3. The first ground contended for in revision is that the words 'against the same judgment-debtor' in Section 73 will not include the case where, though the same estate is liable, the obligation is only that of the members of a joint Hindu family to pay their father's debts. A very elaborate argument was addressed before me and many cases were cited with the nett result, that the only case which exactly deals with this matter, namely, Ramanathan Chetty v. Subramania Sastrial 26 M. 179 which is the case followed by the lower Court, is against the petitioner's contention. The present seems also to have been the first occasion on which it has been argued that that case is wrong or opposed to any decision either of this or of any other High Court and it is to be remarked that one of the learned Judges who decided Govind Abaji Jakhadi v. Mahoniraj Vinayak Jakhadi 25 B. 494 which it is now argued is opposed to Ramanatha Chetty v. Subramania Sastrial 26 M. 179 quoted the Madras case in Chotta Lal v. Nabibhai 29 B. 528 with approval. The argument in effect put before me is simply that I should draw deductions from cases which are not similar and thereby reach the conclusion that Ramanathan Chetty v. Subrumania Sastrial 26 M. 179 is wrong and that consequently the lower Court has acted without jurisdiction. It has been held in Somasundaran Chetty v. Tirunarayana Pillai 25 Ind. Cas. 592 : 25 Ind. Cas. 592 : (1914) M.W.N. 738 a case of this Court, that even if there has been an error of law, High Court will not interfore in revision. In the matter of the applicability of Section 73 to a case like this, had it been a regular suit or an appeal, it might have been necessary to decide whether Ramanathan Chettiar v. Subramania Sastral 26 M. 179 is correct on inference drawn from other cases. It would be entirely out of place in a revision petition to hold that the lower Court has committed an error of law when a decision of this Court which has never been expressly dissented from supports it. I, therefore, do not propose to discuss any further the very elaborate arguments which have been addressed to me as regards the applicability of Section 73 and I am not prepared to interfere on this ground.
4. In one of the cases quoted for the respondent, namely Nilmani v. Hiralal 43 Ind. Cas. 452 : 27 C.L.J. 100 although it, like the cases quoted for the petitioner, is not relevant since it deals with executors and there is a separate procedure laid in Order XXXI, Rules 1 and 2 in regard to executors, the learned Judges remarked 'we may add that we are not disposed to put a narrow construction upon the terms of Section 73, so as to defeat the ends of justice. The construction argued for by the first petitioner in this petition is certainly a narrow one.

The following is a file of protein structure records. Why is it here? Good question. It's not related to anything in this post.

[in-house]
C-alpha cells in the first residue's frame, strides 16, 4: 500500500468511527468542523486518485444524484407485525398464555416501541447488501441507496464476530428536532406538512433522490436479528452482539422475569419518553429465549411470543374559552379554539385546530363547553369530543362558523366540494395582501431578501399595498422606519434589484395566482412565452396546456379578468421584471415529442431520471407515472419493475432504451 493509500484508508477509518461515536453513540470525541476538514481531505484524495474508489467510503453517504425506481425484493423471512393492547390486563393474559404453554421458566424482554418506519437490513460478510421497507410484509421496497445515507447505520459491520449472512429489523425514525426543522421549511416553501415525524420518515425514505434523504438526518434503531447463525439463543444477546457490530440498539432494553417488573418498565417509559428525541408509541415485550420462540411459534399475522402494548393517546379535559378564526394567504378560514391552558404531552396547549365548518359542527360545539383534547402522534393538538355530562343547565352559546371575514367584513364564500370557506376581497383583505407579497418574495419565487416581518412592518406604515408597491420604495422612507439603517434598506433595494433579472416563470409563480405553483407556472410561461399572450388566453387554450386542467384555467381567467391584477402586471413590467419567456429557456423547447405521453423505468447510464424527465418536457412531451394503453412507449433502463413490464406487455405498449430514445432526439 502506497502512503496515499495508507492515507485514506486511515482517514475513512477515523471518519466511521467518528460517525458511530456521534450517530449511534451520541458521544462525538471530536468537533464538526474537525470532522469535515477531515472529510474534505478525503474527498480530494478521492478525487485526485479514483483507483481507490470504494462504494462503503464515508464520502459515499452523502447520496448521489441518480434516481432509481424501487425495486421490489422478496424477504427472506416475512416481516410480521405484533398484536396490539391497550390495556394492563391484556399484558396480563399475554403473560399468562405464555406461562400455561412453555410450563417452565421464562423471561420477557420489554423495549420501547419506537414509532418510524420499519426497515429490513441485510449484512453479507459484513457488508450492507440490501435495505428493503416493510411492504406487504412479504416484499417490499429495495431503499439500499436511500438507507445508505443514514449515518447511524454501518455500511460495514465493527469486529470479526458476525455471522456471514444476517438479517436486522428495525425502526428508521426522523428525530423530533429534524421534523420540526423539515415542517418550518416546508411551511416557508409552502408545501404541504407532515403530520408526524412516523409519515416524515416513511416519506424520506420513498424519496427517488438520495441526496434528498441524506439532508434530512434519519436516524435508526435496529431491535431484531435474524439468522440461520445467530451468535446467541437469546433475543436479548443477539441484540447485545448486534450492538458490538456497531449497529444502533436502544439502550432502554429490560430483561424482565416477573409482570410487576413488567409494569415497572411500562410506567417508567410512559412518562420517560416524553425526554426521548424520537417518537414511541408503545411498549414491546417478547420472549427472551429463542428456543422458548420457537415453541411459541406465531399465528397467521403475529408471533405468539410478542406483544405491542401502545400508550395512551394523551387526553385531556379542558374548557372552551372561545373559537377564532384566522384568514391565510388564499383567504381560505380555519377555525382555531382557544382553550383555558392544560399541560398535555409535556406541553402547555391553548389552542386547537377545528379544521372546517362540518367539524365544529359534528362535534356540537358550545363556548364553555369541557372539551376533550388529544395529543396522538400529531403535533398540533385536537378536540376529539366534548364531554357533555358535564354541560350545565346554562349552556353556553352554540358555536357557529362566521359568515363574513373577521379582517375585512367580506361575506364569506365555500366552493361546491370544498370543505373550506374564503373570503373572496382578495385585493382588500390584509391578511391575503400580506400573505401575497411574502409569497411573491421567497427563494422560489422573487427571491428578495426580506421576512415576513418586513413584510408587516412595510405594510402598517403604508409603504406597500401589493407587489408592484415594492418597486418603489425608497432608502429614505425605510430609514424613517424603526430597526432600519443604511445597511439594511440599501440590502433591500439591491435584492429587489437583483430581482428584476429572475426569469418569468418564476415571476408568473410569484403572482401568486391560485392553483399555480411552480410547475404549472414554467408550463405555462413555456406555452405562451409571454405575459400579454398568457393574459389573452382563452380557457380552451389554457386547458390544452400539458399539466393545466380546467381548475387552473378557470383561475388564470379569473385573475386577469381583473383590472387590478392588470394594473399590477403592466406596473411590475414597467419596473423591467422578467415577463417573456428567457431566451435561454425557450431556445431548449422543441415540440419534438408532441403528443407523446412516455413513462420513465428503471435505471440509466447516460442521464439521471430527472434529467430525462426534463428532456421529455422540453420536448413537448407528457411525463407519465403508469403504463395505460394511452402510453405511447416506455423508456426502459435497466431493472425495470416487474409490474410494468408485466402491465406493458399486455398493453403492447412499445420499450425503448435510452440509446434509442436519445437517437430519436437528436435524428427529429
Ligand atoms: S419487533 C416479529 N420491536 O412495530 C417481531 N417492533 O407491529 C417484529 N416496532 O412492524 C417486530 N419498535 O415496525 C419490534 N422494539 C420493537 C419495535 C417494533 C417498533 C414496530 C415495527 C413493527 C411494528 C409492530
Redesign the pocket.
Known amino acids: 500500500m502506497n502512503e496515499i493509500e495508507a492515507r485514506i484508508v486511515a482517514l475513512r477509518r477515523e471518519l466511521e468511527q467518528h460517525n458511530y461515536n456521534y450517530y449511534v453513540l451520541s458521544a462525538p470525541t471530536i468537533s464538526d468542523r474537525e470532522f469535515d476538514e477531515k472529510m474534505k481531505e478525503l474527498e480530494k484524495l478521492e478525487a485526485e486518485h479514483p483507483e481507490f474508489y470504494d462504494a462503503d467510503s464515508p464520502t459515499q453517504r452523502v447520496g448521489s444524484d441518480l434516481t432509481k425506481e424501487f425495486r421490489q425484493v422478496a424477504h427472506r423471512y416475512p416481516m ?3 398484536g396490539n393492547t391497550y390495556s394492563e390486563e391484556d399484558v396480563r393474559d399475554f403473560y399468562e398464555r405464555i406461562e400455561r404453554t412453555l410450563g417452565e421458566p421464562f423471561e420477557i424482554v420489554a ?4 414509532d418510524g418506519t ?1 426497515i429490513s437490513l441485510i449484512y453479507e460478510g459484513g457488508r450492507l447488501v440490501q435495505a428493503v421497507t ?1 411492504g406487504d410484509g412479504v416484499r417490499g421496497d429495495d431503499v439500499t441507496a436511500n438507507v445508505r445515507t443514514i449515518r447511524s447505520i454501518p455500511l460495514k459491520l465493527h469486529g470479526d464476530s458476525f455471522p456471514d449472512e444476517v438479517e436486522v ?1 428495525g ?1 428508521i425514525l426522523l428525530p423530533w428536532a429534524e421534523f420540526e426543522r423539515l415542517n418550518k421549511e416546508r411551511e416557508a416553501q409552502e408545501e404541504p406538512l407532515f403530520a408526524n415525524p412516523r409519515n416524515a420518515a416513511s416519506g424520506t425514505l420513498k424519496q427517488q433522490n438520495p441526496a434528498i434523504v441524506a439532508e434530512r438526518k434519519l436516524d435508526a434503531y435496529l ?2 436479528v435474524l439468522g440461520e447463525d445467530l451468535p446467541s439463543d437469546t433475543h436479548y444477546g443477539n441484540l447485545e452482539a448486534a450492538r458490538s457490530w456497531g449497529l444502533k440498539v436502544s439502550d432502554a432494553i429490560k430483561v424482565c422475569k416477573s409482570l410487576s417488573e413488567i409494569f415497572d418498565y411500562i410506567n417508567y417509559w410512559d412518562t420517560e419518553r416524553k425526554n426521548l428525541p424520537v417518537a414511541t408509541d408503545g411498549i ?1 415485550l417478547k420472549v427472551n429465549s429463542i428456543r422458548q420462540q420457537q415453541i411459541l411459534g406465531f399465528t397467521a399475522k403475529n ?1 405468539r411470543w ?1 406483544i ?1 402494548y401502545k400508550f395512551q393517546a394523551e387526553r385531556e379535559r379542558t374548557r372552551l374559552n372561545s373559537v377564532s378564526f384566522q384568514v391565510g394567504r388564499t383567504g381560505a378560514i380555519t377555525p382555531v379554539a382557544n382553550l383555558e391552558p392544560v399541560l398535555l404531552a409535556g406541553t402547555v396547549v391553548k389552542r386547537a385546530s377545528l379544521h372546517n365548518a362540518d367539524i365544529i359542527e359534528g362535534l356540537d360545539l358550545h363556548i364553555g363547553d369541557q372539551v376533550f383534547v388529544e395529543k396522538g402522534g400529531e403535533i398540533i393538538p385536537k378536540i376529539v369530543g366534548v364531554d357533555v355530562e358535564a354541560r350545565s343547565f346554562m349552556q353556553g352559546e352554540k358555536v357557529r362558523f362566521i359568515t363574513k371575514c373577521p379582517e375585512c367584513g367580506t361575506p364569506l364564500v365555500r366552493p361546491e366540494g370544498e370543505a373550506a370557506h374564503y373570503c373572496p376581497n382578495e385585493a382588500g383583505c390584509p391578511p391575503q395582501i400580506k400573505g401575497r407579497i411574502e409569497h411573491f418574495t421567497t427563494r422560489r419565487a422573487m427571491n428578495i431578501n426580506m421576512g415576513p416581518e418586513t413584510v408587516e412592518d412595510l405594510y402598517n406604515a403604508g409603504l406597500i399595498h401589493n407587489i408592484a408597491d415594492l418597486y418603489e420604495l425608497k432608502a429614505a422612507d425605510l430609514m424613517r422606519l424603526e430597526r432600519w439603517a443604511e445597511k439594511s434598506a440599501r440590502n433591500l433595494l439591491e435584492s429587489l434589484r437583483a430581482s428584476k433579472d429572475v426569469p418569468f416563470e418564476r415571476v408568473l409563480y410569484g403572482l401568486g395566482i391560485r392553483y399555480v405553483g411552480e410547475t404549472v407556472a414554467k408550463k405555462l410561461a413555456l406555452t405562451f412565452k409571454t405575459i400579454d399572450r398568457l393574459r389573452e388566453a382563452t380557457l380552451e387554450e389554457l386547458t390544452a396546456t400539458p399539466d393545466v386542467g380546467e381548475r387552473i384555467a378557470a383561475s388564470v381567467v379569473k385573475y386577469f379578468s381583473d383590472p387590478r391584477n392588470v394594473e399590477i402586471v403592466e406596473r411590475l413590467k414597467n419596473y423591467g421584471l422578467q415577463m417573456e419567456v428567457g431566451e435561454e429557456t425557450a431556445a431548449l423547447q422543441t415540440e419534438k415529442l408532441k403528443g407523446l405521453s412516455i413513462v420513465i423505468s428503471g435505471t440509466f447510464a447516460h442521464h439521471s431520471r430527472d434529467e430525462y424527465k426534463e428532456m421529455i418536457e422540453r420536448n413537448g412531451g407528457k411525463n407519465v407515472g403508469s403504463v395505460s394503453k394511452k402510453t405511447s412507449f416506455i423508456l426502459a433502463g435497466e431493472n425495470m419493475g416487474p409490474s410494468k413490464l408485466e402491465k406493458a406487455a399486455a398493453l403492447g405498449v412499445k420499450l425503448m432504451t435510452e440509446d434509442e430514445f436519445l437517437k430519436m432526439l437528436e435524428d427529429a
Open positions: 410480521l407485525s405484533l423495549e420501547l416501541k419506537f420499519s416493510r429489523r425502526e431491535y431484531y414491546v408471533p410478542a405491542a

5. The second point urged is that as the interest of the sons has now passed to the Official Receiver, the respondents could not exercise power over the shares of the 'sons' which have passed to the Official Receiver and as there had been an attachment by the petitioner of the sons interest, even the Official Receiver could not exercise his power. It is unnecessary to consider this question, because, as stated in the lower Court's order, in the decree of one respondent against the 'sons' there had been an attachment before adjudication and it is not necessary for every decree-holder to attach. I may, however, remark that the decision of the learned Subordinate Judge in discussing the power of the decree-holders to utilise the power of the father which has not been actually exercised by the Official Receiver was a most intelligent anticipation of the view taken of that matter by Pandalai, J. when it subsequently arose in Chinna Veeria v. Guruvi Reddi 148 Ind. Cas. 831 : 66 M.L.J. 278 : 39 L.W. 347 : A.I.R. 1934 Mad. 223 : 6 R.M. 511 : (1934) M.W.N. 622 where his argument on the point is exactly that used by the lower Court. I am not at all convinced that the lower Court has made any error of law in this case and even if I were inclined to do so, since it is by no means a clear case I should not interfere in revision, when the petitioner has another remedy.
6. The petitions as regards the first petitioner must, therefore, also be dismissed with costs.